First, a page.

For every popular, tourist-packed museum in London, there’s a niche, under-the-radar space that’s awaiting discovery. Though the big crowd-pleasers are worth a trip, the smaller—and sometimes stranger—museums warrant your time too. So for all you quirky culture vultures on the hunt for hidden gems and unique experiences, here are our picks for the best small museums in London.
The Best Small Museums In London:
Leighton House Museum
Once the home and studio of Pre-Raphaelite Victorian painter and sculpture, Lord Frederick Leighton, the Leighton House Museum is a treasure trove of curios. The hauntingly beautiful mini-mansion cites Arabic and English architectural and design influences. (There are indoor fountains, gold mosaic domes and taxidermy peacocks.)
The museum hosts an array of interesting events and exhibits throughout the year. One of the most memorable is the popular Leighton Lates program. During these nights, the public is invited to visit the museum after hours to enjoy live music and drinks. Just a brief walk from the Macdonald (which also has a touch of Victorian charm) and the Attlee, it’s a charming way to spend an evening in London.
V&A Museum of Childhood
With vintage toys, interactive installations, and a dollhouse village, a visit to the V&A Museum of Childhood in Bethnal Green is a great day out for the little ones. As one of the best small museums in London, there are plenty of daily activities to enjoy.
London Perfect has lots of family-friendly apartments, so take the whole family along for a storytelling session or an arts and crafts hour. There’s a whole schedule of daily drop-in activities. (Did we mention that it’s free?)
See our other suggestions for kid-friendly activities here.
Fashion and Textile Museum
Fashionistas will find it easy to spend the whole day in the Fashion and Textile Museum tucked away behind London Bridge in Bermondsey. Taking its cue from the ever-changing, ever-evolving world of fashion, there’s no permanent collection here. Instead, this fresh museum has a revolving door policy on its exhibits and displays.
This means that there’s always something new to see. Right now, you can check out the Orla Kiely exhibit, whose graphic patterns are recognized worldwide. Another cool thing about this museum is the one-day workshops and short courses on offer. There’s heat-press printing, pattern making, and even couture and tapestry workshops.
Why not learn something new on your next trip to London?
18 Stafford Terrace
For those obsessed with all things Victorian, a trip to 18 Stafford Terrace is an absolute must. Located in the heart of Kensington, this late Victorian home-turned-museum is right by the Horton and the Austen.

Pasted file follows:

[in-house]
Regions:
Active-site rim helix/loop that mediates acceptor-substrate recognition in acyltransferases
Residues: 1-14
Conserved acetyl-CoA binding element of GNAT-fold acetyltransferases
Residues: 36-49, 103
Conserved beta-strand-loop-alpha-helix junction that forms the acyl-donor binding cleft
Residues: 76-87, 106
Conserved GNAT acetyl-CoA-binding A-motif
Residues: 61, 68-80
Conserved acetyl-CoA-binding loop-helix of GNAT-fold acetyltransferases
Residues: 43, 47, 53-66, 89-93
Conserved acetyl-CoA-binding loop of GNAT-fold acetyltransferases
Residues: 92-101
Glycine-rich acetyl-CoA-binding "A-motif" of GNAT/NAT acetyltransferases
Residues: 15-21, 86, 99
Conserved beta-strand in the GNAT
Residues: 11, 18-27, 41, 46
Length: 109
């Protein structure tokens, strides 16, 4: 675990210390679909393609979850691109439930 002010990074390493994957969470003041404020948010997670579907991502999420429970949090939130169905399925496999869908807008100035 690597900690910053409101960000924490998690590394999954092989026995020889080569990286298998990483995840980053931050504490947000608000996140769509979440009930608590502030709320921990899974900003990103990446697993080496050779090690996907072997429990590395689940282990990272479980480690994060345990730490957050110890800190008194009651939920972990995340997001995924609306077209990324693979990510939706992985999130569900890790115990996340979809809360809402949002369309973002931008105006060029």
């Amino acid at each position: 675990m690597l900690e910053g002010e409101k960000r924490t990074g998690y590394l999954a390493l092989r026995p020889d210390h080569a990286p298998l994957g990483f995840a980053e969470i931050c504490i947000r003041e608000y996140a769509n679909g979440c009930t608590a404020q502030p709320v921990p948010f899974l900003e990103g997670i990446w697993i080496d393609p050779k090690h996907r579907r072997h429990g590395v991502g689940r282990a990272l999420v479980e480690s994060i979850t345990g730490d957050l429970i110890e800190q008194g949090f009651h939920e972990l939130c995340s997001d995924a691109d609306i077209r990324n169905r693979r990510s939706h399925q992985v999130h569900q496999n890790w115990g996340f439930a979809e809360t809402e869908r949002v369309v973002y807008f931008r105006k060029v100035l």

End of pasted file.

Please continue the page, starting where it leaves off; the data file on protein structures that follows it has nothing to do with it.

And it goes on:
Stepping inside is like stepping through time. You’ll find period traits like hand-painted wallpaper, tiled walls and stained-glass windows–all in remarkably good shape. The house was the family home of the Punch magazine cartoonist Edward Linley Sambourne. Passed down from generation to generation, the house is now in the care of Royal Borough of Kensington and Chelsea and the Victorian Society.
Though one of the best small museums In London, it’s easy to miss. It’s right off the number 9 bus route, and the main entrance can be found down a flight of steep steps to the basement. For a fun treat, book one of the theatrical Costumed Tours (£10), where a period actor will lead you through the five-floor house, dramatically showcasing what life was like at the Sambourne family home.
This is one of London’s best-kept secrets.
Beefeater Distillery Gin Museum and Visitor Center
Located in an old Edwardian factory in Kennington, the Beefeater Distillery is a working production center still cranking out bottles of one of the most famous British gins. The distillery is outfitted with an impressive, bespoke visitor center, which takes you on a journey through the history of gin in London.
As the distillery dates back to 1862, there’s original Victorian machinery on display. Visitors also get a glimpse of Beefeater’s current production process, which still happens onsite. The interactive, self-guided tour lasts one hour and costs £12.
London’s history with gin is fascinating, and you don’t need to be gin-obsessed to appreciate this experience. Of course, valuing a good G&T doesn’t hurt though, as the tour does culminate with a complimentary Beefeater Gin and Tonic.
Check out London’s many museums–both big and small–by booking a London Perfect apartment today.